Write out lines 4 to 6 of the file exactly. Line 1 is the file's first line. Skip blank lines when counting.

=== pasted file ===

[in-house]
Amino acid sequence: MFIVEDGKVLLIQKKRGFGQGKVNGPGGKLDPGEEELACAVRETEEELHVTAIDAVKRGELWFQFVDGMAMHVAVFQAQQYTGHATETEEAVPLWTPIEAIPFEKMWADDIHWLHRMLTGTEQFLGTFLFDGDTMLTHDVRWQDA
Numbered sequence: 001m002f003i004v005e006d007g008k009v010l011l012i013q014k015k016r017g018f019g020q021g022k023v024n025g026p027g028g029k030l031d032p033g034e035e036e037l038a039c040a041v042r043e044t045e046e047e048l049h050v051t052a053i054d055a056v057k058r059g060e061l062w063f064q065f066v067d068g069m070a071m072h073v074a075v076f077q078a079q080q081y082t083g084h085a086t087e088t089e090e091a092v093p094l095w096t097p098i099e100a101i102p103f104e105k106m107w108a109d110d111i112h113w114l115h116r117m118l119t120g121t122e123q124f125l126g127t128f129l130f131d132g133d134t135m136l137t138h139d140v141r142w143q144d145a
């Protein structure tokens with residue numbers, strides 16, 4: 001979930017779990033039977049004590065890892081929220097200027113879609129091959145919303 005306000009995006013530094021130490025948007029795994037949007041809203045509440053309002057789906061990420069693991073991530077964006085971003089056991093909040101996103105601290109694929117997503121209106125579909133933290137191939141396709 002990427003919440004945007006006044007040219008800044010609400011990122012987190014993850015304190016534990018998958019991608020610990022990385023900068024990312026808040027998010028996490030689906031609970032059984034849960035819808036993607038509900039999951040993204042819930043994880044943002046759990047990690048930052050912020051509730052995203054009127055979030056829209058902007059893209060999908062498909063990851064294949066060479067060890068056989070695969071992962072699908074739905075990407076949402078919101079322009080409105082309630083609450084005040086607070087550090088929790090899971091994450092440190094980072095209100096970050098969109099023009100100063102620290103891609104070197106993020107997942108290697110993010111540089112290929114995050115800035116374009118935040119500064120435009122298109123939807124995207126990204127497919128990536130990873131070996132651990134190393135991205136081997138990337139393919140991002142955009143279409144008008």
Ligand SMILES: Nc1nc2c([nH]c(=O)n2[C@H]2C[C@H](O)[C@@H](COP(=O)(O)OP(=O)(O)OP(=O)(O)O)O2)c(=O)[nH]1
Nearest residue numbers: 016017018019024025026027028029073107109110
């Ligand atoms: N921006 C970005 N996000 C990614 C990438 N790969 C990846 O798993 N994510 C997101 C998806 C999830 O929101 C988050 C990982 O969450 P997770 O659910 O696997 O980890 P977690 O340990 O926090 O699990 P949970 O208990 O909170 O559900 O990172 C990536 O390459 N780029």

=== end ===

């Protein structure tokens with residue numbers, strides 16, 4: 001979930017779990033039977049004590065890892081929220097200027113879609129091959145919303 005306000009995006013530094021130490025948007029795994037949007041809203045509440053309002057789906061990420069693991073991530077964006085971003089056991093909040101996103105601290109694929117997503121209106125579909133933290137191939141396709 002990427003919440004945007006006044007040219008800044010609400011990122012987190014993850015304190016534990018998958019991608020610990022990385023900068024990312026808040027998010028996490030689906031609970032059984034849960035819808036993607038509900039999951040993204042819930043994880044943002046759990047990690048930052050912020051509730052995203054009127055979030056829209058902007059893209060999908062498909063990851064294949066060479067060890068056989070695969071992962072699908074739905075990407076949402078919101079322009080409105082309630083609450084005040086607070087550090088929790090899971091994450092440190094980072095209100096970050098969109099023009100100063102620290103891609104070197106993020107997942108290697110993010111540089112290929114995050115800035116374009118935040119500064120435009122298109123939807124995207126990204127497919128990536130990873131070996132651990134190393135991205136081997138990337139393919140991002142955009143279409144008008």
Ligand SMILES: Nc1nc2c([nH]c(=O)n2[C@H]2C[C@H](O)[C@@H](COP(=O)(O)OP(=O)(O)OP(=O)(O)O)O2)c(=O)[nH]1
Nearest residue numbers: 016017018019024025026027028029073107109110